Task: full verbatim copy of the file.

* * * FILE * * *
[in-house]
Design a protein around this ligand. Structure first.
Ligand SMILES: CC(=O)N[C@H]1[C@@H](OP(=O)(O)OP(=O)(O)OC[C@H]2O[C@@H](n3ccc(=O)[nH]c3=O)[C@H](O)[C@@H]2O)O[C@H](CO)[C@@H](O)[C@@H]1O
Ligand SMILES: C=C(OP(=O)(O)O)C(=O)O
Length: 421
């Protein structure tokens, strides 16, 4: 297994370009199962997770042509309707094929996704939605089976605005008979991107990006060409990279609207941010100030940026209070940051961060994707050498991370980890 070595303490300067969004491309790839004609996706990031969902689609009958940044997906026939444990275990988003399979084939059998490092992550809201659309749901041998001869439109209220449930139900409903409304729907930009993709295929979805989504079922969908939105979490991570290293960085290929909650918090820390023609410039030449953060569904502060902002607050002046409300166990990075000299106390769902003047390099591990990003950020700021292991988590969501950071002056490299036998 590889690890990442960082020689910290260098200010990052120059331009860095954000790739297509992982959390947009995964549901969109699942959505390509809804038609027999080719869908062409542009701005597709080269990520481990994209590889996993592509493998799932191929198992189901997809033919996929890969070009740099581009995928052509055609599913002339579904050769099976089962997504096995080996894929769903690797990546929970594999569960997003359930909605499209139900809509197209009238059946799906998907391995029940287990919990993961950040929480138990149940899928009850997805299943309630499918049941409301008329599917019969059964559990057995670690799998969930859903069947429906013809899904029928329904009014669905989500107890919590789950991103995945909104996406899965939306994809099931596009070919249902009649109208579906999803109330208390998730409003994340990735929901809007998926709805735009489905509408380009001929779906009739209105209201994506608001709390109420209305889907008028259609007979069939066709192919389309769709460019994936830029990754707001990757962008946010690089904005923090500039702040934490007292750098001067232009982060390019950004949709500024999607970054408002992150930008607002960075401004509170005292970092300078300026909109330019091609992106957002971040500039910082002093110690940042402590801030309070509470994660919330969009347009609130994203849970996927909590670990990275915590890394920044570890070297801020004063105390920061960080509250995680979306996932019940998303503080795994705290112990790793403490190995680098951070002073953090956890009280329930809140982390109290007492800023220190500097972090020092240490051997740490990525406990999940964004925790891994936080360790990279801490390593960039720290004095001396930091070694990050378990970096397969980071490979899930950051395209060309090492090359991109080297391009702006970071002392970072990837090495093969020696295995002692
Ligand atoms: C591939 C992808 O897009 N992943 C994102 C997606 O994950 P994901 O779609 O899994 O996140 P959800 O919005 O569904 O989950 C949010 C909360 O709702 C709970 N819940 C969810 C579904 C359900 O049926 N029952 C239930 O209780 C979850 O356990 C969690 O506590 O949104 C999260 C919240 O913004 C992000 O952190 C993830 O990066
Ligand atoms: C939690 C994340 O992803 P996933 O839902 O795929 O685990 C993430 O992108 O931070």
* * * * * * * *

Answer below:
[in-house]
Design a protein around this ligand. Structure first.
Ligand SMILES: CC(=O)N[C@H]1[C@@H](OP(=O)(O)OP(=O)(O)OC[C@H]2O[C@@H](n3ccc(=O)[nH]c3=O)[C@H](O)[C@@H]2O)O[C@H](CO)[C@@H](O)[C@@H]1O
Ligand SMILES: C=C(OP(=O)(O)O)C(=O)O
Length: 421
């Protein structure tokens, strides 16, 4: 297994370009199962997770042509309707094929996704939605089976605005008979991107990006060409990279609207941010100030940026209070940051961060994707050498991370980890 070595303490300067969004491309790839004609996706990031969902689609009958940044997906026939444990275990988003399979084939059998490092992550809201659309749901041998001869439109209220449930139900409903409304729907930009993709295929979805989504079922969908939105979490991570290293960085290929909650918090820390023609410039030449953060569904502060902002607050002046409300166990990075000299106390769902003047390099591990990003950020700021292991988590969501950071002056490299036998 590889690890990442960082020689910290260098200010990052120059331009860095954000790739297509992982959390947009995964549901969109699942959505390509809804038609027999080719869908062409542009701005597709080269990520481990994209590889996993592509493998799932191929198992189901997809033919996929890969070009740099581009995928052509055609599913002339579904050769099976089962997504096995080996894929769903690797990546929970594999569960997003359930909605499209139900809509197209009238059946799906998907391995029940287990919990993961950040929480138990149940899928009850997805299943309630499918049941409301008329599917019969059964559990057995670690799998969930859903069947429906013809899904029928329904009014669905989500107890919590789950991103995945909104996406899965939306994809099931596009070919249902009649109208579906999803109330208390998730409003994340990735929901809007998926709805735009489905509408380009001929779906009739209105209201994506608001709390109420209305889907008028259609007979069939066709192919389309769709460019994936830029990754707001990757962008946010690089904005923090500039702040934490007292750098001067232009982060390019950004949709500024999607970054408002992150930008607002960075401004509170005292970092300078300026909109330019091609992106957002971040500039910082002093110690940042402590801030309070509470994660919330969009347009609130994203849970996927909590670990990275915590890394920044570890070297801020004063105390920061960080509250995680979306996932019940998303503080795994705290112990790793403490190995680098951070002073953090956890009280329930809140982390109290007492800023220190500097972090020092240490051997740490990525406990999940964004925790891994936080360790990279801490390593960039720290004095001396930091070694990050378990970096397969980071490979899930950051395209060309090492090359991109080297391009702006970071002392970072990837090495093969020696295995002692
Ligand atoms: C591939 C992808 O897009 N992943 C994102 C997606 O994950 P994901 O779609 O899994 O996140 P959800 O919005 O569904 O989950 C949010 C909360 O709702 C709970 N819940 C969810 C579904 C359900 O049926 N029952 C239930 O209780 C979850 O356990 C969690 O506590 O949104 C999260 C919240 O913004 C992000 O952190 C993830 O990066
Ligand atoms: C939690 C994340 O992803 P996933 O839902 O795929 O685990 C993430 O992108 O931070």